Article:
Definition of Libel

1. Noun. A false and malicious publication printed for the purpose of defaming a living person.

Category relationships: Civil Wrong, Tort, Jurisprudence, Law
Generic synonyms: Calumniation, Calumny, Defamation, Hatchet Job, Obloquy, Traducement
Derivative terms: Libellous, Libelous

2. Verb. Print slanderous statements against. "The newspaper was accused of libeling him"
Generic synonyms: Asperse, Besmirch, Calumniate, Defame, Denigrate, Slander, Smear, Smirch, Sully
Derivative terms: Libeler

3. Noun. The written statement of a plaintiff explaining the cause of action (the defamation) and any relief he seeks.
Generic synonyms: Complaint
Category relationships: Jurisprudence, Law

Definition of Libel

1. n. A brief writing of any kind, esp. a declaration, bill, certificate, request, supplication, etc.

2. v. t. To defame, or expose to public hatred, contempt, or ridicule, by a writing, picture, sign, etc.; to lampoon.

3. v. i. To spread defamation, written or printed; -- with against.

Definition of Libel

1. Noun. A written (notably as handbill) or pictorial statement which unjustly seeks to damage someone's reputation. ¹

2. Noun. The act or crime of displaying such a statement publicly. ¹

3. Verb. (transitive) To defame someone, especially in a manner that meets the legal definition of libel. ¹

¹ Source:

Definition of Libel

1. to make or publish a defamatory statement about [v -BELED, -BELING, -BELS or -BELLED, -BELLING, -BELS]

Medical Definition of Libel

1. 1. A brief writing of any kind, especially. A declaration, bill, certificate, request, supplication, etc. "A libel of forsaking [divorcement]" (Wyclif (Matt. V. 31)) 2. Any defamatory writing; a lampoon; a satire. 3. A malicious publication expressed either in print or in writing, or by pictures, effigies, or other signs, tending to expose another to public hatred, contempt, or ridicule. Such publication is indictable at common law. The term, in a more extended sense, includes the publication of such writings, pictures, and the like, as are of a blasphemous, treasonable, seditious, or obscene character. These also are indictable at common law. 4. The crime of issuing a malicious defamatory publication. 5. A written declaration or statement by the plaintiff of his cause of action, and of the relief he seeks. Origin: L. Libellus a little book, pamphlet, libel, lampoon, dim. Of liber the liber or inner bark of a tree; also (because the ancients wrote on this bark), paper, parchment, or a roll of any material used to write upon, and hence, a book or treatise: cf. F. Libelle. Source: Websters Dictionary (01 Mar 1998)

Libel Pictures

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Lexicographical Neighbors of Libel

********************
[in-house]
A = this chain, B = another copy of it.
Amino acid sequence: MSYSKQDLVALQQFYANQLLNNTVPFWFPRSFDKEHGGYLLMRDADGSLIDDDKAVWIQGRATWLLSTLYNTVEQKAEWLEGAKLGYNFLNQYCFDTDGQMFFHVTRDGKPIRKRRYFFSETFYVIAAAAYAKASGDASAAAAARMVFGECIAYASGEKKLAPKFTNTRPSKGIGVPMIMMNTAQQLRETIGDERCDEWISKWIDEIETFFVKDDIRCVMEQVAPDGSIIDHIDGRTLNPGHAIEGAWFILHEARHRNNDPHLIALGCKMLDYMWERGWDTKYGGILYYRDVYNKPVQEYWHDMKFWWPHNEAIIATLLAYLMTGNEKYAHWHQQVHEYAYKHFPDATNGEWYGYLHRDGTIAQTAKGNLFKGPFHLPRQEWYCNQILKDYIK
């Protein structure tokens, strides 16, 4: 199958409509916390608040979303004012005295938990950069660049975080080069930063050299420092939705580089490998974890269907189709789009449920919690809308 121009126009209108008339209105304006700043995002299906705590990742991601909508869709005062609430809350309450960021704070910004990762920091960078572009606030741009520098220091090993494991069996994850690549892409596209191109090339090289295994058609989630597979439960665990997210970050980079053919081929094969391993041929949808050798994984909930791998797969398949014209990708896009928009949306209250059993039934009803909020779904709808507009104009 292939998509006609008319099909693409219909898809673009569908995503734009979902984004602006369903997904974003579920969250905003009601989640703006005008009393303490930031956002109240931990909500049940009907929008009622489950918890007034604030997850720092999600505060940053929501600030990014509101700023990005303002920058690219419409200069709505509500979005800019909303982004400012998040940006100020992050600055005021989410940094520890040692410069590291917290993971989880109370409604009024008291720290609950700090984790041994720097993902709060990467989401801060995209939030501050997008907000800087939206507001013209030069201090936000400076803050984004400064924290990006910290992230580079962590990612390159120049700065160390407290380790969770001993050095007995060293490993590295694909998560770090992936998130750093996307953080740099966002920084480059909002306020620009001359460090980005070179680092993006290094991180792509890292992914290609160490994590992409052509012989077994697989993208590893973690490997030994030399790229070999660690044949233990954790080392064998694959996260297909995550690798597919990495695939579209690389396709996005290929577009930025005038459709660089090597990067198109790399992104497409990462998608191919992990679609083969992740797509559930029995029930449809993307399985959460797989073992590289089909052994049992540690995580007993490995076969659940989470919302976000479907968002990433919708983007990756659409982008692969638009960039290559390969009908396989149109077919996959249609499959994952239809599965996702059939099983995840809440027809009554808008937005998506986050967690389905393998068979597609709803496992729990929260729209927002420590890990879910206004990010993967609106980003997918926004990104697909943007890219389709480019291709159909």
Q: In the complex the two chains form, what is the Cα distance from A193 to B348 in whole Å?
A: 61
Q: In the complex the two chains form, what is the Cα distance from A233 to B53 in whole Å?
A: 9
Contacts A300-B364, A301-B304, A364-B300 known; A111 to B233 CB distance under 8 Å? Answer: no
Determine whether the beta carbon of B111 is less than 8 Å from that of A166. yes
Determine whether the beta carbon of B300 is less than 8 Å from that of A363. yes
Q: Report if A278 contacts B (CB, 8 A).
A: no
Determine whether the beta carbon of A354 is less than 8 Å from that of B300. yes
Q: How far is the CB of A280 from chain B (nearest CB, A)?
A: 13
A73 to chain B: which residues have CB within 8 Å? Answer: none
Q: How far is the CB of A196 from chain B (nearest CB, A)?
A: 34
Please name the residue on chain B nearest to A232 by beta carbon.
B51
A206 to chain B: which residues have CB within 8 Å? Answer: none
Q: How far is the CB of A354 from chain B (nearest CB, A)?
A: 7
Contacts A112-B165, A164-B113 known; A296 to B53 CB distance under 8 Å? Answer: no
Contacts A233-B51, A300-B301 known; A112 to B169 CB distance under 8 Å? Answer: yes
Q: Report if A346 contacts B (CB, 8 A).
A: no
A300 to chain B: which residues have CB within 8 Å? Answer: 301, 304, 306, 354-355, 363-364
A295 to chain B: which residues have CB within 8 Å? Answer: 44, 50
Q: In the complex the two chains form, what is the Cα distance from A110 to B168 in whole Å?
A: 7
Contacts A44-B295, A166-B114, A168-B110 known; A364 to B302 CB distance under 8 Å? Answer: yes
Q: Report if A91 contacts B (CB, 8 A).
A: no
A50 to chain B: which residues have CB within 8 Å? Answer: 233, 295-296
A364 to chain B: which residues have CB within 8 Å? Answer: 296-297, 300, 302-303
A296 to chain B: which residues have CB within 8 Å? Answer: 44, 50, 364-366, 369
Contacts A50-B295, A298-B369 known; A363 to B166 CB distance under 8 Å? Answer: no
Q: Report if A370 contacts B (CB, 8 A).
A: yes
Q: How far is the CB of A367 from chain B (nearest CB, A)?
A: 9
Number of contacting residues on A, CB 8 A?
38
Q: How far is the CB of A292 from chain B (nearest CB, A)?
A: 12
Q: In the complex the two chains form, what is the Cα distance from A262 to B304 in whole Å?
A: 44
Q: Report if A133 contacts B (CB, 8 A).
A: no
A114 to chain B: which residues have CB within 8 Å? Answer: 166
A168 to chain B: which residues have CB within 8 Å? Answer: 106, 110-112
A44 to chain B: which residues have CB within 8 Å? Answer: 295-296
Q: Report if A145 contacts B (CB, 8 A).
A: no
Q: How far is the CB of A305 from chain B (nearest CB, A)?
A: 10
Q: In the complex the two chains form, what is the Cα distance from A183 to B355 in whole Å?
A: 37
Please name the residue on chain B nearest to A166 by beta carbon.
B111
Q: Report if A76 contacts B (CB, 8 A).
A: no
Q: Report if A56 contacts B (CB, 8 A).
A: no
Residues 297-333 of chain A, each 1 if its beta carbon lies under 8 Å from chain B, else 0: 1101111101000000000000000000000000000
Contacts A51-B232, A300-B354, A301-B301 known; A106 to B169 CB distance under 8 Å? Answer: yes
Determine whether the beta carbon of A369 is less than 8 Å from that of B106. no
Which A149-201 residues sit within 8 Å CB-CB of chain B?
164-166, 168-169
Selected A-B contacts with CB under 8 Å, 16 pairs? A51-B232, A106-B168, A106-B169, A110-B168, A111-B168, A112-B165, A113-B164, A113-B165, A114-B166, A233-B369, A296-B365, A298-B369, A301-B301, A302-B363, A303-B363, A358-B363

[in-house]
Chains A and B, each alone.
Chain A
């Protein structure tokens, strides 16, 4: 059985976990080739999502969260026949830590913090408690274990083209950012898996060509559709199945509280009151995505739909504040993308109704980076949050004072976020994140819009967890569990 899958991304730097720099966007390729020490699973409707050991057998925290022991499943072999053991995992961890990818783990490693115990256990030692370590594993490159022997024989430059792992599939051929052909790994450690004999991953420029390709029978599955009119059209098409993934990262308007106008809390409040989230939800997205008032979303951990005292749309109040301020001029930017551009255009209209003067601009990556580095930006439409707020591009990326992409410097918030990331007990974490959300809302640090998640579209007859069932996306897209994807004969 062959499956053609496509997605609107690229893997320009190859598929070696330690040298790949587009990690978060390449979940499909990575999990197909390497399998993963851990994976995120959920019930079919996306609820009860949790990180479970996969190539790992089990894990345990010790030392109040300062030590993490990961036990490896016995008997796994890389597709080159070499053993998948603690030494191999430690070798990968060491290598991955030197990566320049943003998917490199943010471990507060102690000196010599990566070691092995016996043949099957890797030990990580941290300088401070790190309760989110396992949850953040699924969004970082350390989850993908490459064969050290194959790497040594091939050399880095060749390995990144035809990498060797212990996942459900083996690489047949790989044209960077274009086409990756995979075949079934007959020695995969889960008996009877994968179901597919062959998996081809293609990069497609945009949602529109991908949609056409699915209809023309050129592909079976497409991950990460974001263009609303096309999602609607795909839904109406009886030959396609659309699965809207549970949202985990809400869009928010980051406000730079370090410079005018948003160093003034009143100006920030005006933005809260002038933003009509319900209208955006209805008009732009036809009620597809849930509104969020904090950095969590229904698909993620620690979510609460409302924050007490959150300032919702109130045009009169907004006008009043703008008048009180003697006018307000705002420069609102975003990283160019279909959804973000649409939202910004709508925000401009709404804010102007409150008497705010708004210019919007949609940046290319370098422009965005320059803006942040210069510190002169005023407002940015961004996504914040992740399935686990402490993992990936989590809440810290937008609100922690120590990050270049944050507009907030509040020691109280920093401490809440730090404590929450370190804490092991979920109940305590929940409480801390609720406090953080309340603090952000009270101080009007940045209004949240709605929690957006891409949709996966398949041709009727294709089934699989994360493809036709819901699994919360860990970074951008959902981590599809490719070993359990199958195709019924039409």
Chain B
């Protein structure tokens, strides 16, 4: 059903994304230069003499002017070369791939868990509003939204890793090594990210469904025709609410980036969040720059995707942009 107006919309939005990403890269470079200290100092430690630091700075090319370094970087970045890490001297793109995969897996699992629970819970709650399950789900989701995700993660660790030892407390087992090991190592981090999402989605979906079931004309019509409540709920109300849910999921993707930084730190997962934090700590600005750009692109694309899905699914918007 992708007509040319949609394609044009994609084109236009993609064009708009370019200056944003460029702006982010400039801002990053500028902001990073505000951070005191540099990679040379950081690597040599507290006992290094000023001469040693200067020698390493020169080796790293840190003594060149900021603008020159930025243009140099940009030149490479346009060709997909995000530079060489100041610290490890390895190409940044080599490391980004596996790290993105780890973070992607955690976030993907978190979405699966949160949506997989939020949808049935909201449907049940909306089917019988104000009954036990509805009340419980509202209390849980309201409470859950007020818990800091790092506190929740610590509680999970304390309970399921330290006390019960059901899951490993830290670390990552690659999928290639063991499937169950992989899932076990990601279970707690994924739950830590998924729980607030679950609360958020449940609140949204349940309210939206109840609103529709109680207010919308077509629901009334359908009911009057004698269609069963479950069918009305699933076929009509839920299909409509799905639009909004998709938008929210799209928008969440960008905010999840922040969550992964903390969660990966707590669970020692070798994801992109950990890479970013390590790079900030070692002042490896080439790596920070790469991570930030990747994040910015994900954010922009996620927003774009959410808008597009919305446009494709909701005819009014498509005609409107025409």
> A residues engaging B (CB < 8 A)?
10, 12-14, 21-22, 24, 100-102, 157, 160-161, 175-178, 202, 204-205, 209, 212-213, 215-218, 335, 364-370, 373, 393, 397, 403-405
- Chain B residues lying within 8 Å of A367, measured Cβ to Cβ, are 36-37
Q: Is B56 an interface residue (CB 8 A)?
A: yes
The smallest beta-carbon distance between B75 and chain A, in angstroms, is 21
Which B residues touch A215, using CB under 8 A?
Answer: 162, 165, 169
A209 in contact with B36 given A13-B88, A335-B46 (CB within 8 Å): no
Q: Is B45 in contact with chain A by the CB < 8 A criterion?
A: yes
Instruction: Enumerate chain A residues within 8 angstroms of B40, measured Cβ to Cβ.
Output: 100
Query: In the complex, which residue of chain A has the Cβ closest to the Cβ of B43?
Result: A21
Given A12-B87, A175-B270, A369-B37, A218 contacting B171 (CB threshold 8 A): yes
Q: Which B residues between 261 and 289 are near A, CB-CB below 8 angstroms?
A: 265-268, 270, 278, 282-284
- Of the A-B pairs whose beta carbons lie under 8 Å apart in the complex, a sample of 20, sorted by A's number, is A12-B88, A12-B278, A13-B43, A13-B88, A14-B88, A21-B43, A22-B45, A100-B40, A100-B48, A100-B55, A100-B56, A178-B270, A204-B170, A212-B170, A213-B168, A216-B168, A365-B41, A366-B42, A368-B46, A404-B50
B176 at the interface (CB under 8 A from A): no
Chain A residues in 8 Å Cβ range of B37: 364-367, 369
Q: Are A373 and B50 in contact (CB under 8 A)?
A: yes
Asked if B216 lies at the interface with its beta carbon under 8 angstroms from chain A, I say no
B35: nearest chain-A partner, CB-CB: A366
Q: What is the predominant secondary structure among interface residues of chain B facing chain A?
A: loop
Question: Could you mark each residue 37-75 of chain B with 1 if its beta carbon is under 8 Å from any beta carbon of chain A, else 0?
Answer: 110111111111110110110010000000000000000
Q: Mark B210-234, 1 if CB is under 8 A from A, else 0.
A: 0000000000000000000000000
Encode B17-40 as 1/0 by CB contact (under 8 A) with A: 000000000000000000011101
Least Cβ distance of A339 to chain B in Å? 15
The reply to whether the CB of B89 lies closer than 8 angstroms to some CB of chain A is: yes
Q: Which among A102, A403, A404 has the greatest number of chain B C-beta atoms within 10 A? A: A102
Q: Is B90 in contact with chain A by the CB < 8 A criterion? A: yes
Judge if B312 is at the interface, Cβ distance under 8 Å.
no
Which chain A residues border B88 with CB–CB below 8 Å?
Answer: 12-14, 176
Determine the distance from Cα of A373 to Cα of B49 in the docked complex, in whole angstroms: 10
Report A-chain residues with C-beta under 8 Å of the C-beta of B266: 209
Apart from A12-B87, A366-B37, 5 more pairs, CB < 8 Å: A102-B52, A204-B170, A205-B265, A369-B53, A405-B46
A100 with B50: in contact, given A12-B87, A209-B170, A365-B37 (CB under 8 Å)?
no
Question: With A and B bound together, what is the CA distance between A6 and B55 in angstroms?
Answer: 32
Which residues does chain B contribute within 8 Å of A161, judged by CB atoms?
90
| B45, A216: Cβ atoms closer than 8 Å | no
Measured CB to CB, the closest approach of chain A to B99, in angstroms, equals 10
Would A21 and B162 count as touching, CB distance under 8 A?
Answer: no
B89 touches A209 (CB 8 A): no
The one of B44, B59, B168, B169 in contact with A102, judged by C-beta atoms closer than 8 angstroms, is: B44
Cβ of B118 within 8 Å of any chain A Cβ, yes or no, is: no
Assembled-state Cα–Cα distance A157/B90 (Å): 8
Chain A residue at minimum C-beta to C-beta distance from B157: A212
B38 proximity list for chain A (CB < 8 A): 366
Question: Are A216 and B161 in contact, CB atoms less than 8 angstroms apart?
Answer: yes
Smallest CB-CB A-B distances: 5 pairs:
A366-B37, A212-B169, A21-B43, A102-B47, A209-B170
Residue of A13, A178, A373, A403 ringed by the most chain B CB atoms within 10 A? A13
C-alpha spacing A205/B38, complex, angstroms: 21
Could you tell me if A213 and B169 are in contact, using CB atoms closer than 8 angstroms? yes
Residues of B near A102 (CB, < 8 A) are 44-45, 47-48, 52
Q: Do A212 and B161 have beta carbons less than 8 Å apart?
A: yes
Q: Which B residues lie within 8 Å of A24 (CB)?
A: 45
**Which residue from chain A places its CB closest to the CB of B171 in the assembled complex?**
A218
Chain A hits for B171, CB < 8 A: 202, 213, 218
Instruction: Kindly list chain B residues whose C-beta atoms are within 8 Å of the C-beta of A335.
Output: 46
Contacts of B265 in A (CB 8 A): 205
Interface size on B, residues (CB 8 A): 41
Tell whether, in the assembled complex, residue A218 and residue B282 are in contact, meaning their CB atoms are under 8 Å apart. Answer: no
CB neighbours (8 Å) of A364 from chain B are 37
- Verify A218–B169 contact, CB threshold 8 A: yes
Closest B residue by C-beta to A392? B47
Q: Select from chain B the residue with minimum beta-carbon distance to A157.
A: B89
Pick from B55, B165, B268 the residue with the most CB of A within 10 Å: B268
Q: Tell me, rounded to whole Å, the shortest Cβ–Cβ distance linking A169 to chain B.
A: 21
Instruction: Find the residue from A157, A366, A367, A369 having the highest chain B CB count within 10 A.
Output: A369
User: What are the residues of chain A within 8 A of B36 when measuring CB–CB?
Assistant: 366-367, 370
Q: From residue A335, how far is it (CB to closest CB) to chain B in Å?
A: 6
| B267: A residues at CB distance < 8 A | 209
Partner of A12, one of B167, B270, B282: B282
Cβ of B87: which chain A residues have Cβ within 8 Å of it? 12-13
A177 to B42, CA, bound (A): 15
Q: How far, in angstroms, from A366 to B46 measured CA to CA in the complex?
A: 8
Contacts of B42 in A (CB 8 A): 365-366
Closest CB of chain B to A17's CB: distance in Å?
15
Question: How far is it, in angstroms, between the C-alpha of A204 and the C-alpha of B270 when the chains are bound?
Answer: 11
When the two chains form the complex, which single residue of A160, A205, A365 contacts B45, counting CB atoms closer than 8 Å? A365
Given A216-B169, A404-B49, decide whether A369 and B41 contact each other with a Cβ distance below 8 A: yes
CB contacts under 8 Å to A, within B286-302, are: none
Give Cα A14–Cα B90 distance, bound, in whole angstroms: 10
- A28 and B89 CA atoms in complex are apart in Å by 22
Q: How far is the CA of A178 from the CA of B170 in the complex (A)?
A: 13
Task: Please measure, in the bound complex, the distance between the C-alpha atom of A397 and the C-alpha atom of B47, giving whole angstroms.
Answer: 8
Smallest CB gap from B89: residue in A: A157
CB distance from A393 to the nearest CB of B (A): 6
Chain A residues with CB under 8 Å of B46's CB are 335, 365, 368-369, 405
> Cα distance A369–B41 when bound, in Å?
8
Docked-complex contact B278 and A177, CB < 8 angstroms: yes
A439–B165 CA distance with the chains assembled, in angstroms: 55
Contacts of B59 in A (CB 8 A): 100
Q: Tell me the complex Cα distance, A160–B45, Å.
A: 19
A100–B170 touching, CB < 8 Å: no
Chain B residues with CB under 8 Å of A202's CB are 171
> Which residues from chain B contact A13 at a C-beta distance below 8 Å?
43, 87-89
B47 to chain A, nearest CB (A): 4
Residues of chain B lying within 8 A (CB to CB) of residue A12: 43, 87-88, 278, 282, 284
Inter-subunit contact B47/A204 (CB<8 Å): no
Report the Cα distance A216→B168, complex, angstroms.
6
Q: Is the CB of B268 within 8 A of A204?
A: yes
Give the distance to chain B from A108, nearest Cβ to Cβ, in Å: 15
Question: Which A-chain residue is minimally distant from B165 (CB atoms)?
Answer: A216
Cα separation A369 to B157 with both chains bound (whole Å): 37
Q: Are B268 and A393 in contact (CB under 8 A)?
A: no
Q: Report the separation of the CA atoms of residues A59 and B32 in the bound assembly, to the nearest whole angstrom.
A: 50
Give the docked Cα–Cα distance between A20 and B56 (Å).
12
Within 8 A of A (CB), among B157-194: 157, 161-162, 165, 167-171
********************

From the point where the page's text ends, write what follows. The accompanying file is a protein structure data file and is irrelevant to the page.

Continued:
libbard's bane
libel (current term)
libel tourism

Literary usage of Libel

Below you will find example usage of this term as found in modern and/or classical literature:

1. South Eastern Reporter by West Virginia Supreme Court of Appeals, West Publishing Company, South Carolina Supreme Court (1912)
"The declaration in libel alleged that defendant published an article headed "S. and L. ... For other cases, see libel and Slander, Cent Dig. § 148; Dec. ..."

2. United States Supreme Court Reports by Lawyers Co-operative Publishing Company, United States Supreme Court (1912)
"The libel in this case was filed in the district court of the United States for ... On the 9th of March, 1807, the appellees filed the libel in the district ..."

3. English Constitutional History from the Teutonic Conquest to the Present Time by Thomas Pitt Taswell-Langmead (1905)
"Lord Campbell's libel Act, 1843. new trial. Miller and other printers who were subsequently tried (or printing the same letter were boldly declared by the ..."

4. The Annual Register, Or, A View of the History, Politics, and Literature for by Edmund Burke (1831)
"another, for a libel on the King and Constitution, Mr. Justice As- hurst and his ... In 1801—Allen Macleod, for a libel on lord Clare, Lord Chancellor ..."

5. Commentaries on the Laws of England by Herbert Broom, Edward Alfred Hadley, William Wait, William Blackstone (1875)
"(677) The direct tendency of a libel is to induce a breach of the the atat. ... (677) libel is an indictable offense at common law in the United States, ..."

6. Dictionary of National Biography by LESLIE. STEPHEN (1894)
"Mansfield reaffirmed his doctrine of the respective functions of judge and jury in cases of libeL That the doctrine itself was strictly in accn with ..."

7. A Treatise on the Law of Evidence by Simon Greenleaf (1853)
"But they must understand it so from the libel itself; ... By the common law, as held in England, the truth of the libel was not a jus- 1 2 Stark, ..."

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